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Differences Between String Beans and Green Beans

green beans
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The designations "green" and "string," when applied to annual garden beans (​Phaseolus vulgaris​), refer to exactly the same plants. To confuse matters even more, they're also known as snap beans, because of their distinctive sound they make when snapped as a prep step before cooking or tossing raw into salads. Green snap beans are eaten before the seeds inside have matured, which distinguishes them from other beans that are grown for their edible seeds.

Because older snap bean cultivars had stringy fibers, they became known as "string" beans. New cultivars, however, are "stringless" and tender. Iowa State University identifies Blue Lake and Kentucky Blue as stringless cultivars.

Even though all snap beans are still called string beans, the differences between string beans and green beans are non-existent. Whatever you choose to call them, string, green or snap beans are the ideal easy-grow vegetable for non-green thumbs.

String Beans Vs Green Beans

In days gone by, the stringy fibers running down bean pods' seams, or ​sutures,​ were manually removed. The bean stringer twisted one of a bean's tips until it snapped, pulled it down the seam to unzip the fiber and repeated the exercise in reverse with the other tip. Except for heirloom bean cultivars, the fiber and snapping are no more; thanks to decades of hybridizing, modern green beans have no strings attached. Their descriptive name of "string bean," however, refuses to die.

Selecting the Planting Site

in a spot where they'll receive at least six hours of daily sun. A well-draining spot with loose, sandy loam soil is best. If heavy, water-absorbing clay soil is all that's available, amend it with a 3-inch layer of organic compost.

Prepare the planting site by loosening the upper 6 inches of soil with a spade or rotary tiller. Break up large clods, and remove stones or other debris. Distribute the compost evenly over the loosened soil. Till or spade the compost into the soil until the two are thoroughly incorporated.

Sowing the Seeds

Sow green snap bean seeds after the soil temperature reaches 65 degrees Fahrenheit. To sow the seeds, run the corner of a hoe along the soil in a 1-inch deep furrow. Space the seeds about 2 inches apart and cover them with the removed soil. Firm the soil lightly with the flat side of the hoe, and then water well. For a large crop, space multiple furrows 12 inches apart.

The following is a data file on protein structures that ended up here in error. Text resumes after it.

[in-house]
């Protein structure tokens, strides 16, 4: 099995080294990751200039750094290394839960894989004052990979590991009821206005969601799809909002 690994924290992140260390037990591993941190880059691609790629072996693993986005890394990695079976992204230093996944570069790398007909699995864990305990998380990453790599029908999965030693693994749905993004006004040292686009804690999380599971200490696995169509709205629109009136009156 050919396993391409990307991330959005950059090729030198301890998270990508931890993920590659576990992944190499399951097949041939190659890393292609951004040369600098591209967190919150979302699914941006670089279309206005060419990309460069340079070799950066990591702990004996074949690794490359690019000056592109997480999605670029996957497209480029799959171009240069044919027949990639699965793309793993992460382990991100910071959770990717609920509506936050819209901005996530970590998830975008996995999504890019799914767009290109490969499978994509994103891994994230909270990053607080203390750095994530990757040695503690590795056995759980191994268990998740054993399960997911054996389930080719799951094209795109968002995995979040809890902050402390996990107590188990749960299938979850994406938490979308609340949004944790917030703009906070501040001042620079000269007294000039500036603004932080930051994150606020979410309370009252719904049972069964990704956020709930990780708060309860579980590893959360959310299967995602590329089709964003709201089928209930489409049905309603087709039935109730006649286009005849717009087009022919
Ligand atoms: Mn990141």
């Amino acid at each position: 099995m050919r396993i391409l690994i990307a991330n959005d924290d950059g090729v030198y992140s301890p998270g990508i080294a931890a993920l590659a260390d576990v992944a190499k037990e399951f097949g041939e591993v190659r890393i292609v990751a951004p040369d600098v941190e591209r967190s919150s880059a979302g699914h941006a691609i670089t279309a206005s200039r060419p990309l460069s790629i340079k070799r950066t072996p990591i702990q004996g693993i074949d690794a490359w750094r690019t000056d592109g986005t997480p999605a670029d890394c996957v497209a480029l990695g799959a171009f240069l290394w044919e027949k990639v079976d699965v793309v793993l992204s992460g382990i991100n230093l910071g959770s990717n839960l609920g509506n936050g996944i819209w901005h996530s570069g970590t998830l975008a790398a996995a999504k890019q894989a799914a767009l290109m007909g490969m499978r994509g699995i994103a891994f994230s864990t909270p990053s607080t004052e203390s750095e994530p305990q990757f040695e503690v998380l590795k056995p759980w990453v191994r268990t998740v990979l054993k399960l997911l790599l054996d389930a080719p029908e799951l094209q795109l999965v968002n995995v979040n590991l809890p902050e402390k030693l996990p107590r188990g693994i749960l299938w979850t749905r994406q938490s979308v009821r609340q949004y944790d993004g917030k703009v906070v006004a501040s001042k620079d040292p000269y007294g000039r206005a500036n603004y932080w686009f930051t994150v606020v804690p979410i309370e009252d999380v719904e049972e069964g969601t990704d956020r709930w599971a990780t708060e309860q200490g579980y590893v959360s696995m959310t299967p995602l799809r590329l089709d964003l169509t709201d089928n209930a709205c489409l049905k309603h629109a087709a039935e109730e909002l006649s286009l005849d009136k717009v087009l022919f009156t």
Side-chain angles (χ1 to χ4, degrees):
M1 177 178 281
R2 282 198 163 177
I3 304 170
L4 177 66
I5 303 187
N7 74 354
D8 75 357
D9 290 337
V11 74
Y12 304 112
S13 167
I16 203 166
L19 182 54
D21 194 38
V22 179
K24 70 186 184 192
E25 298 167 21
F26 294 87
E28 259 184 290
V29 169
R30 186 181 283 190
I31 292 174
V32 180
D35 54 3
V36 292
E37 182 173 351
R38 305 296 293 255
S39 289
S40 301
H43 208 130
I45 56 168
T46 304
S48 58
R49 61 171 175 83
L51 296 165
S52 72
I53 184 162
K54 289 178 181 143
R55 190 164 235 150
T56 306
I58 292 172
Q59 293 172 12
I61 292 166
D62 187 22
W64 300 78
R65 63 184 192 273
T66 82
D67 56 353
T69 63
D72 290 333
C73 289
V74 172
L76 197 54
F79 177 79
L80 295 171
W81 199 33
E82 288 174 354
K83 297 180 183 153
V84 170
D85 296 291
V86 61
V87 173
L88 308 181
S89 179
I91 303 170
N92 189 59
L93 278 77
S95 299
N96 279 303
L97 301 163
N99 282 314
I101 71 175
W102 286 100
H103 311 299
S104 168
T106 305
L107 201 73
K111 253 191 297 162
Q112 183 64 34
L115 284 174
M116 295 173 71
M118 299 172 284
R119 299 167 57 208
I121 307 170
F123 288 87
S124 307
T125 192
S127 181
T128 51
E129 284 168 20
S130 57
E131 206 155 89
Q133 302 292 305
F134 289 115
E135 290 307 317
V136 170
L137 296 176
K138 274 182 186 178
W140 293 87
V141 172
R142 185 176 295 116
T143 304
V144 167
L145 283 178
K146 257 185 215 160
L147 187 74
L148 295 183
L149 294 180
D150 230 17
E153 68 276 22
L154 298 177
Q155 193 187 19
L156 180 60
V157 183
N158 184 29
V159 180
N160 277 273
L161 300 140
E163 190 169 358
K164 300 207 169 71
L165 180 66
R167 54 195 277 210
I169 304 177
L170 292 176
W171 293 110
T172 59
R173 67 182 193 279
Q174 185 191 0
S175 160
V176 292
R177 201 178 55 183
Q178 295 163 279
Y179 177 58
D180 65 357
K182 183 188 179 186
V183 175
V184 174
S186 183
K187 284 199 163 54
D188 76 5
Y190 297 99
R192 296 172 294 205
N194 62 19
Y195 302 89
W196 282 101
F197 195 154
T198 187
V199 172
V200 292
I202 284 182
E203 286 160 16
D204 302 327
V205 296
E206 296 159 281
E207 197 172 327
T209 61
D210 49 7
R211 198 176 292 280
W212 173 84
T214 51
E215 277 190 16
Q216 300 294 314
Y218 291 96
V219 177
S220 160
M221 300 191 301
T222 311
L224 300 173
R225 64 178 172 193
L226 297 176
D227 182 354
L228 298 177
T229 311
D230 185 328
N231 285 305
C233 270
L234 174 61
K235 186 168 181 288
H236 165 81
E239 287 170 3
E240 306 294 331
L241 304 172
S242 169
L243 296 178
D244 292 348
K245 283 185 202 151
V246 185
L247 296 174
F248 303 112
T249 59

Caring for Green Beans

Keep the soil moist until the seeds germinate. When the seedlings reach 6 inches, mulch around them with a 1/4 inch layer of herbicide-free grass clippings, replenished with fresh ones as they die down.

Fertilizing Snap Beans

As legumes, string beans pull nitrogen from the air and channel it to root nodules, or bumps, filled with the soil-borne ​Rhizobia​ bacteria. The Oregon State University Extension Service explains that these bacteria change the nitrogen into a form the bean plants use to manufacture their pods. Thanks to this symbiotic collaboration, beans grown on organically rich or compost-amended soil typically need less nitrogen fertilizer than non-leguminous plants.

Watering Snap Beans

Like other vegetables, string beans typically need 1 inch of rain or supplemental water per week. Increase the amount when the average temperature exceeds 60 degrees Fahrenheit, figured by adding the daytime high and nighttime low and dividing the total by 2. Bonnie Plants recommends giving the beans an extra 1/2 inch of water for every 10 degrees the average climbs above 60 F.

As an example, when the highest weekly daytime temperature peaks at 98 F and the weekly nighttime low is 80 F, for a total of 178, the average temperature is 89 F. That's almost 30 degrees above 60 F, and the beans need another 1 1/2 inches of water, for a total of 2 1/2 inches if it hasn't rained.

Tip

One inch of water equals about 6 gallons per 10 square feet of soil.

To calculate weekly rainfall, use a rain gauge. Measure the rain it collects at the end of the week and water the beans only enough to make up the difference between the rainfall and the total amount they need.

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